dumbbell-rowEXHIBIT B: ASSISTANCE WORK

Another fatal F.O.M.O. mistake is failing to properly organize your assistance work. Sure, the big money is in the big lifts if you want to get strong, but beyond the first few months of training, you need an intelligent approach to assistance work to bring up weak points and keep driving your big lifts.

For the longest time, my “approach” to assistance work was “whatever I feel like”. I accepted the fact that muscles were muscles and the physiology for growth was pretty much the same across the board: take a muscle to failure or pretty damn close and it will grow, independent of volume, load or exercise selection. It’s tough to argue against that logic on paper or in the lab, but on the platform it couldn’t be further from the truth.

Dave Tate always says that you need “indicator exercises”. You need assistance exercises that you know drive up your main lifts. Dave’s example is always the floor press. If his floor press went up, his bench press would go up. The same couldn’t be said for his incline press and certainly not for pec flyes or pushups, so he took the floor press and treated it like a main lift. That means careful planning for sets, reps and intensity over the course of a training cycle.

How many times have you finished your main lift, got to your assistance work and just winged it? What’ll it be today? The arbitrary 3 sets of 10? Cut a set short if you’re feeling lazy? Go 4×8 if you’re feeling wild?

Ask yourself: would you plan like this for your precious Big Three? Then why the hell would you be so careless with your assistance work?

Look back at your old training logs (you keep a training log, right?) and take note of when your squat, bench or deadlift made the most progress. Now, what assistance work did you do? What other exercises got stronger too? Whatever those are, keep ‘em in your back pocket because they will be your ticket from average to good or good to great.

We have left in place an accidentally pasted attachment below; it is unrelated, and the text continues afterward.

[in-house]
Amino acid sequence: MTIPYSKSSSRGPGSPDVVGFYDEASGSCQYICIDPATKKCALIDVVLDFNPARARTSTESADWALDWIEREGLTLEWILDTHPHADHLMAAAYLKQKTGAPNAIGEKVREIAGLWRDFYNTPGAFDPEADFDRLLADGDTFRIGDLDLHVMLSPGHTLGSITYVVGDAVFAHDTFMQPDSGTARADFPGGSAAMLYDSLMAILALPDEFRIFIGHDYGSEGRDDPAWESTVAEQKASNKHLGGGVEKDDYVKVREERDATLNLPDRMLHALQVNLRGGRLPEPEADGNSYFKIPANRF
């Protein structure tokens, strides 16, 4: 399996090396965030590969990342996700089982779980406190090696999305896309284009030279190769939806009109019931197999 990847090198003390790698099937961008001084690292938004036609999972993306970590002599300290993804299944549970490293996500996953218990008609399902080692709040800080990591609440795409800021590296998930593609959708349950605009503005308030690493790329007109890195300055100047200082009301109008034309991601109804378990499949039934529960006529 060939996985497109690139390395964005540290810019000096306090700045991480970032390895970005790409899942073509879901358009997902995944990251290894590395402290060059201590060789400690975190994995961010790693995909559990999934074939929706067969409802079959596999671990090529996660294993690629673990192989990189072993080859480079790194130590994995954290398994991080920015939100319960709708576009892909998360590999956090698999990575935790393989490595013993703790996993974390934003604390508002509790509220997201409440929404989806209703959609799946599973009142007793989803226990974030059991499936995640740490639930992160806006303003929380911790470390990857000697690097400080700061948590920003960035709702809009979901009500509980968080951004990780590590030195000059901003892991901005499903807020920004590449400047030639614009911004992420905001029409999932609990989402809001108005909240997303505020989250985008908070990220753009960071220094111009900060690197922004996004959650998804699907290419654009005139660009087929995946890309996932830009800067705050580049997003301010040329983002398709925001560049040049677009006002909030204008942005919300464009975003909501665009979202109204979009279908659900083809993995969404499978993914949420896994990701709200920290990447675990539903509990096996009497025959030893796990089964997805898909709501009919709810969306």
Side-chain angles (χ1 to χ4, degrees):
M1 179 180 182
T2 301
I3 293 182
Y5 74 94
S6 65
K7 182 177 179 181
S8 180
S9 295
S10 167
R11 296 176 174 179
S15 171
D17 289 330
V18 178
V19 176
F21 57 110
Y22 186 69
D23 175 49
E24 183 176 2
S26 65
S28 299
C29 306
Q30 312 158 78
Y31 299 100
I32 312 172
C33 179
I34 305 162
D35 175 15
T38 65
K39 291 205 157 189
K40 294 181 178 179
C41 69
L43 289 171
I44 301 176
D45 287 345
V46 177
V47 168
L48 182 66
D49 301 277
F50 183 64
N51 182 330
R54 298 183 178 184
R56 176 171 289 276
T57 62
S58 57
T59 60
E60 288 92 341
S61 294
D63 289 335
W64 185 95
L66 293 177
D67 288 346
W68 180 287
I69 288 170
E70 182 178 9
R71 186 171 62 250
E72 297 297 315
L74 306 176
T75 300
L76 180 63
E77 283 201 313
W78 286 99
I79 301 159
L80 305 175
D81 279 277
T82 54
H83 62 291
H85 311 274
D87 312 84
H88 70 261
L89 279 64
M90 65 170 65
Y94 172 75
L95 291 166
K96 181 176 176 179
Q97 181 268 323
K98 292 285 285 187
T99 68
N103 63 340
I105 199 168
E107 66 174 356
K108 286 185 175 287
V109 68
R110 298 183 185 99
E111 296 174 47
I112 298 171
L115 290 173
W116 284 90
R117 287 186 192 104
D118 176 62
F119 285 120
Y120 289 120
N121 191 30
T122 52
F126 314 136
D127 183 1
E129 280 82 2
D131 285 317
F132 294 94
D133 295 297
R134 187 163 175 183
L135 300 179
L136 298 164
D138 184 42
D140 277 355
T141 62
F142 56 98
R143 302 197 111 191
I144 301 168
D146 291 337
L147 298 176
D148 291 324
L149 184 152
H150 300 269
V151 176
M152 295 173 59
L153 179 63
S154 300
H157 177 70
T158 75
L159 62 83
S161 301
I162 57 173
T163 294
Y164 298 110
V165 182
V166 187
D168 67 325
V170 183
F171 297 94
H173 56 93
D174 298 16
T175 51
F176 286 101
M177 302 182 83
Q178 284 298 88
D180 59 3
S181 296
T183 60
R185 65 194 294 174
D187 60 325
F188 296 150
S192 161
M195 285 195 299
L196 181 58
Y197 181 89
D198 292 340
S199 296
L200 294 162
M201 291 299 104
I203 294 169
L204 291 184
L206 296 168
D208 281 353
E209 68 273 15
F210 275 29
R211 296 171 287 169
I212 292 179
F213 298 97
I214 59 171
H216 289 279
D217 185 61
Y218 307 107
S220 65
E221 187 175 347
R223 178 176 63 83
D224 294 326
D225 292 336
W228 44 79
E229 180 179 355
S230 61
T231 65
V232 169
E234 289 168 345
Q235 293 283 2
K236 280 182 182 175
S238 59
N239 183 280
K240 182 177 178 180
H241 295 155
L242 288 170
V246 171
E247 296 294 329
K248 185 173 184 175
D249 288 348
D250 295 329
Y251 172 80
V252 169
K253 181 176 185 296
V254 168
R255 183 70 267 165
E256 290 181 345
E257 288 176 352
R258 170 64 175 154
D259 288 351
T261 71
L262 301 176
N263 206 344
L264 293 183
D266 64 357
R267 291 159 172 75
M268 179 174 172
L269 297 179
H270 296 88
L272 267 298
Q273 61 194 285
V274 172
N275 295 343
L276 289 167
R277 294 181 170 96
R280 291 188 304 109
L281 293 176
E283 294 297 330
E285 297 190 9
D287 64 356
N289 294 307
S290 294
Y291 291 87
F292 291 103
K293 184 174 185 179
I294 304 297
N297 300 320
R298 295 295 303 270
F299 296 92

Here’s the bottom line on assistance work: stick with the same exercises for at least four weeks. No shorter but not too much longer. Make sure the weight or total volume increases every single week. No exceptions. After 4-6 weeks, switch exercises and start over.

math formulaEXERCISE F.O.M.O.: A CASE STUDY

I want to talk specifically about the strain of Exercise F.O.M.O. that causes an extreme problem with exercise selection. We’ll use a case study, examining a particularly neurotic powerlifter. You guessed it – that’s me.

When I painfully underperformed at the APF meet in April 2013, I did my own programming, which was a risk in itself. But most importantly, I used WAY too many exercises and rep ranges. I was hitting a different rep range for the squat, bench and deadlift every week, making it difficult to make steady progress. I’d hit 8’s one week, 3’s the next, 5’s the next. Sometimes I’d miss reps, so my 8’s turned into 7’s and my 3’s turned into 2’s or 1’s. There was no continuity and it showed on the platform.

At the same time, I was so scared of becoming “unbalanced” (whatever that means) from so much heavy lifting that I was doing too many different exercises. Heavy benching required at least two rowing variations, plus biceps curls to balance the triceps work and rotator cuff exercises to keep my shoulders healthy. Oh, and you can’t forget the overhead pressing – that’s what builds the bottom of the bench press, right? And lots of pull-ups – at least 10 reps for every set of overhead press.